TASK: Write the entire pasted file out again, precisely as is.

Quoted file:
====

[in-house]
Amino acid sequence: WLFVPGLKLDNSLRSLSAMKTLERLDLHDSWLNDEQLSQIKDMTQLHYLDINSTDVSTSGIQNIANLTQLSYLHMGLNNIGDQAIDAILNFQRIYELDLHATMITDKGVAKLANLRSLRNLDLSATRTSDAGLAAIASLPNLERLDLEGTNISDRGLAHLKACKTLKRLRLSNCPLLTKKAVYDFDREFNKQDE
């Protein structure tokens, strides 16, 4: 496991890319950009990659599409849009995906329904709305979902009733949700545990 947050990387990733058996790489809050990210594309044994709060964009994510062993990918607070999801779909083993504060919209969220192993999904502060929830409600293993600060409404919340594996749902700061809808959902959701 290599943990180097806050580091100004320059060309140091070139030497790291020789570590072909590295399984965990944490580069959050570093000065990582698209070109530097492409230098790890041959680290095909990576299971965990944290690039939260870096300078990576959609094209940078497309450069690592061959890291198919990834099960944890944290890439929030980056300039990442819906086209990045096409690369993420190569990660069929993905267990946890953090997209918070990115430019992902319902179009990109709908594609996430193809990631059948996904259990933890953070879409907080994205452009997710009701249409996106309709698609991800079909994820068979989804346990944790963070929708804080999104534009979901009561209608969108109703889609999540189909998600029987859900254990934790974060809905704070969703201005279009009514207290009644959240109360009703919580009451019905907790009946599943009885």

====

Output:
[in-house]
Amino acid sequence: WLFVPGLKLDNSLRSLSAMKTLERLDLHDSWLNDEQLSQIKDMTQLHYLDINSTDVSTSGIQNIANLTQLSYLHMGLNNIGDQAIDAILNFQRIYELDLHATMITDKGVAKLANLRSLRNLDLSATRTSDAGLAAIASLPNLERLDLEGTNISDRGLAHLKACKTLKRLRLSNCPLLTKKAVYDFDREFNKQDE
């Protein structure tokens, strides 16, 4: 496991890319950009990659599409849009995906329904709305979902009733949700545990 947050990387990733058996790489809050990210594309044994709060964009994510062993990918607070999801779909083993504060919209969220192993999904502060929830409600293993600060409404919340594996749902700061809808959902959701 290599943990180097806050580091100004320059060309140091070139030497790291020789570590072909590295399984965990944490580069959050570093000065990582698209070109530097492409230098790890041959680290095909990576299971965990944290690039939260870096300078990576959609094209940078497309450069690592061959890291198919990834099960944890944290890439929030980056300039990442819906086209990045096409690369993420190569990660069929993905267990946890953090997209918070990115430019992902319902179009990109709908594609996430193809990631059948996904259990933890953070879409907080994205452009997710009701249409996106309709698609991800079909994820068979989804346990944790963070929708804080999104534009979901009561209608969108109703889609999540189909998600029987859900254990934790974060809905704070969703201005279009009514207290009644959240109360009703919580009451019905907790009946599943009885």